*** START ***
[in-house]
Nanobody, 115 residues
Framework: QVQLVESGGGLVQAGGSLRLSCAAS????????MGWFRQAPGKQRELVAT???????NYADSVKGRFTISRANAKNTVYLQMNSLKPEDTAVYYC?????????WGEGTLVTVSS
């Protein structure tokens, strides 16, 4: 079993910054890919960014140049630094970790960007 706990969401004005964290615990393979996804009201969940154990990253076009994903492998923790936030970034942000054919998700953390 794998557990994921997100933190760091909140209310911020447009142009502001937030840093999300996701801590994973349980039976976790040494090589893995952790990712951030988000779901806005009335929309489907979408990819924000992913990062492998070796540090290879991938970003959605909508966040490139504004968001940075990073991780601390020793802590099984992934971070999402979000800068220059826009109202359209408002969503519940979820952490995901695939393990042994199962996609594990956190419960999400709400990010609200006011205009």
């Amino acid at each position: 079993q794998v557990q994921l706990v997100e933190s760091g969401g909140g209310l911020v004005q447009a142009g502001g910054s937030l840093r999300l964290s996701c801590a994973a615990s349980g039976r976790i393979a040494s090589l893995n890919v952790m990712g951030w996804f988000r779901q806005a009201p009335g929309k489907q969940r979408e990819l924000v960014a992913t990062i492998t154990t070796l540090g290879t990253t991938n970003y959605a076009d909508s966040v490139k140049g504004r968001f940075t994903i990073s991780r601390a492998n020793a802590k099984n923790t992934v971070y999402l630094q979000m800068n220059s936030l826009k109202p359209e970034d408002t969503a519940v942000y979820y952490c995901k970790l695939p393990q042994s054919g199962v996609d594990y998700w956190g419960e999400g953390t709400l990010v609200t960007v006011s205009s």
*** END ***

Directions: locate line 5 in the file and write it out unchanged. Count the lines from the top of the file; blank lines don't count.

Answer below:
């Amino acid at each position: 079993q794998v557990q994921l706990v997100e933190s760091g969401g909140g209310l911020v004005q447009a142009g502001g910054s937030l840093r999300l964290s996701c801590a994973a615990s349980g039976r976790i393979a040494s090589l893995n890919v952790m990712g951030w996804f988000r779901q806005a009201p009335g929309k489907q969940r979408e990819l924000v960014a992913t990062i492998t154990t070796l540090g290879t990253t991938n970003y959605a076009d909508s966040v490139k140049g504004r968001f940075t994903i990073s991780r601390a492998n020793a802590k099984n923790t992934v971070y999402l630094q979000m800068n220059s936030l826009k109202p359209e970034d408002t969503a519940v942000y979820y952490c995901k970790l695939p393990q042994s054919g199962v996609d594990y998700w956190g419960e999400g953390t709400l990010v609200t960007v006011s205009s």